And even when the jokes play and the basic plot is clear, there’s no guarantee that American audiences will take in Soyinka’s complexities. Though the exploration of theatrical idioms in the last 20 years has certainly broadened perceptual horizons, as have visiting productions of Noh, Kabuki and other non-Western forms, Americans may be watching from a great distance, surveying a cultural artifact without knowing how to engage it on its own imaginative terms. “It’s the Culture-with-a-capital-C syndrome,” as Soyinka puts it. The particular blind spot with his Yoruba-inspired works is seeing them as plays about the “clash of cultures.” Soyinka has explored that topic, but always with ambiguity and self-conscious humor, as in his farce, The Lion and the Jewel (1963), or even in passages of Ake in which he hilariously describes the appearance of light bulbs, gramophones and radios in his village.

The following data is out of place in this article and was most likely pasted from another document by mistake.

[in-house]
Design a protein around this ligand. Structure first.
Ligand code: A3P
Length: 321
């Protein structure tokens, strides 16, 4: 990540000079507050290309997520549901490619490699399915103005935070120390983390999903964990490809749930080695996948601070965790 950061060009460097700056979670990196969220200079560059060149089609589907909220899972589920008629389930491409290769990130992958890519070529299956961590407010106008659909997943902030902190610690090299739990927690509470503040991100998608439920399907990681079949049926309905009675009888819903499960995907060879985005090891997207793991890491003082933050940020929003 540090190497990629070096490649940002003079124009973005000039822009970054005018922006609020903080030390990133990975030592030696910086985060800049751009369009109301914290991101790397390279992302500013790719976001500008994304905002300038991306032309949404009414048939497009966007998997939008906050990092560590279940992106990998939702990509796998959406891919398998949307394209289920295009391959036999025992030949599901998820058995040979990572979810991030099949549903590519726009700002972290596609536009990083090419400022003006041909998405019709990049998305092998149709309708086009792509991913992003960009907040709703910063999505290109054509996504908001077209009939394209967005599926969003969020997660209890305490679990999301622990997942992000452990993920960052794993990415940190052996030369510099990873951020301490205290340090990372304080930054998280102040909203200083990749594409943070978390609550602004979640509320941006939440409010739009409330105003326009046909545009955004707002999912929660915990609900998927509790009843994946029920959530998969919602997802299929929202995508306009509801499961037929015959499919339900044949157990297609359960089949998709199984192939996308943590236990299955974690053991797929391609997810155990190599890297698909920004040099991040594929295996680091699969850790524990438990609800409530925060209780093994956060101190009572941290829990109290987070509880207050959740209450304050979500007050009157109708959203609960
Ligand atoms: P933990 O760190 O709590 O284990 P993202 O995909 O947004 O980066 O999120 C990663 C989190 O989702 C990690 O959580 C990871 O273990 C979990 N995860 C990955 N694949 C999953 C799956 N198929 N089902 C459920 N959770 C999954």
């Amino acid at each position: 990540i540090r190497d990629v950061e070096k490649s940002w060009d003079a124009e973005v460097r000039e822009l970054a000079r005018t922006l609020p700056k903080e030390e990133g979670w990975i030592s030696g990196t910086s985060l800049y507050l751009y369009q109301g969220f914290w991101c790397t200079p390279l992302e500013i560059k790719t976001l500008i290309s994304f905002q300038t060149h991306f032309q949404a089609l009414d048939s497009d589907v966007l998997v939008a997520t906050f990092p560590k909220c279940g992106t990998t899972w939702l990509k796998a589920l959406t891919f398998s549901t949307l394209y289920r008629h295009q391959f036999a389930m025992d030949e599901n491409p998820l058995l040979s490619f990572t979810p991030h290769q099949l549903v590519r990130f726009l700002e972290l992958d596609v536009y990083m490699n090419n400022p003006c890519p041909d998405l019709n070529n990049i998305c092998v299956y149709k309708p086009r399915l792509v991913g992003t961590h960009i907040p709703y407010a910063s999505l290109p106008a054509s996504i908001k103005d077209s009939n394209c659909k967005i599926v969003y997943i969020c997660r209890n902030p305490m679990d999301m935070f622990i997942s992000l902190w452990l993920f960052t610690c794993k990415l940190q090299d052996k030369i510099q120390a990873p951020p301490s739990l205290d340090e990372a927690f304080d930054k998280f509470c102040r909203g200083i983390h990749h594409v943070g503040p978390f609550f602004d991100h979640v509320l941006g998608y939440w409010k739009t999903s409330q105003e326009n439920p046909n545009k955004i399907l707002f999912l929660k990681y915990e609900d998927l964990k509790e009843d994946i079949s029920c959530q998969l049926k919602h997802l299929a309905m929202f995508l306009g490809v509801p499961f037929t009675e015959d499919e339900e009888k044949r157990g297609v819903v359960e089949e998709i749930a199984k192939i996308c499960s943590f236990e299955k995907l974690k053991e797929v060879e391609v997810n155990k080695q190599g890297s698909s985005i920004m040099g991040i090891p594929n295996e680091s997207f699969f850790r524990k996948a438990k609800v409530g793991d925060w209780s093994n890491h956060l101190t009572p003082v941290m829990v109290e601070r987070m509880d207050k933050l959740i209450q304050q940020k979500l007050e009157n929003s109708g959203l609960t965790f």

During Death and the King’s Horseman Soyinka went out of his way in program notes and lectures to prevent people from reducing the play to the “clash of cultures” theme. Nonetheless, reviewers discussing the tragedy about the horseman who must follow his king to death, did just that. “They’ll probably do the same thing for this one,” he predicted about The Road. “They’ll probably find the Professor’s particular demeanor, attitude, language and expression a result of the Christian influence in Africa, his existing in two cultures. The professor is built on familiar figures, both in the traditional world and in the colonial, post-colonial world. I find that reviewers tend to not want to cope too much with that idea, because it asks serious questions about their own society, so there’s a shying away from it.” What kind of questions are American critics avoiding when they focus on such an over-simplification? Soyinka stroked his rough goatee and smiled. “Well, look at the Professor. Here’s a figure who is, relatively speaking, the intellectual among the layabouts. He gathers the community around himself, he explores their lives and exploits their lives. He’s in no position, even if he had the will, to help them. Their lives are fodder for his thinking process. Identify the Professor with the kind of relationship the artist has to his material, to his human material, and the intellectual too, the academic, the sociologist, who live off the misery of others and present it on stage or in sculpture or whatever, fascinated by the experience of life which they cannot affect.”